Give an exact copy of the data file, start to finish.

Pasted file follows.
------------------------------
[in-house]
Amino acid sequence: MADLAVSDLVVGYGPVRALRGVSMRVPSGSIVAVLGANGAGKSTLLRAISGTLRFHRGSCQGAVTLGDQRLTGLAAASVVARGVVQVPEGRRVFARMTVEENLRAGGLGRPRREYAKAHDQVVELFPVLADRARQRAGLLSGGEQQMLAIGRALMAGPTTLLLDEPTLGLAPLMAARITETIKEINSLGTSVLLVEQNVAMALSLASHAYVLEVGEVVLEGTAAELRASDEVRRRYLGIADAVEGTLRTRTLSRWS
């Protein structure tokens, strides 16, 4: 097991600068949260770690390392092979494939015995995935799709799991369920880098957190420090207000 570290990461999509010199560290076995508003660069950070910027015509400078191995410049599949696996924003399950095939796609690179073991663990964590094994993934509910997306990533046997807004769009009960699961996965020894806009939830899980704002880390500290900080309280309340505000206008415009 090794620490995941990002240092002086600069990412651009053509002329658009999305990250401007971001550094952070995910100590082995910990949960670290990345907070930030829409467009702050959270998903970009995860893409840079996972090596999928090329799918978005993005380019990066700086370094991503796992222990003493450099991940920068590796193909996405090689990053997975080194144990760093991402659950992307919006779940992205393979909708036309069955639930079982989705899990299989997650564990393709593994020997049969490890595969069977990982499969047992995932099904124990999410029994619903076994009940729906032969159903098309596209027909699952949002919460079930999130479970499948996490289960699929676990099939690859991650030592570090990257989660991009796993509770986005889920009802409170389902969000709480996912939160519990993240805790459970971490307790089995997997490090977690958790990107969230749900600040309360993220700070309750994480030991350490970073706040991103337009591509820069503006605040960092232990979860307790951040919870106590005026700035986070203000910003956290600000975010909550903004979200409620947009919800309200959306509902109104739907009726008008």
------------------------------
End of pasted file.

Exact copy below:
[in-house]
Amino acid sequence: MADLAVSDLVVGYGPVRALRGVSMRVPSGSIVAVLGANGAGKSTLLRAISGTLRFHRGSCQGAVTLGDQRLTGLAAASVVARGVVQVPEGRRVFARMTVEENLRAGGLGRPRREYAKAHDQVVELFPVLADRARQRAGLLSGGEQQMLAIGRALMAGPTTLLLDEPTLGLAPLMAARITETIKEINSLGTSVLLVEQNVAMALSLASHAYVLEVGEVVLEGTAAELRASDEVRRRYLGIADAVEGTLRTRTLSRWS
């Protein structure tokens, strides 16, 4: 097991600068949260770690390392092979494939015995995935799709799991369920880098957190420090207000 570290990461999509010199560290076995508003660069950070910027015509400078191995410049599949696996924003399950095939796609690179073991663990964590094994993934509910997306990533046997807004769009009960699961996965020894806009939830899980704002880390500290900080309280309340505000206008415009 090794620490995941990002240092002086600069990412651009053509002329658009999305990250401007971001550094952070995910100590082995910990949960670290990345907070930030829409467009702050959270998903970009995860893409840079996972090596999928090329799918978005993005380019990066700086370094991503796992222990003493450099991940920068590796193909996405090689990053997975080194144990760093991402659950992307919006779940992205393979909708036309069955639930079982989705899990299989997650564990393709593994020997049969490890595969069977990982499969047992995932099904124990999410029994619903076994009940729906032969159903098309596209027909699952949002919460079930999130479970499948996490289960699929676990099939690859991650030592570090990257989660991009796993509770986005889920009802409170389902969000709480996912939160519990993240805790459970971490307790089995997997490090977690958790990107969230749900600040309360993220700070309750994480030991350490970073706040991103337009591509820069503006605040960092232990979860307790951040919870106590005026700035986070203000910003956290600000975010909550903004979200409620947009919800309200959306509902109104739907009726008008």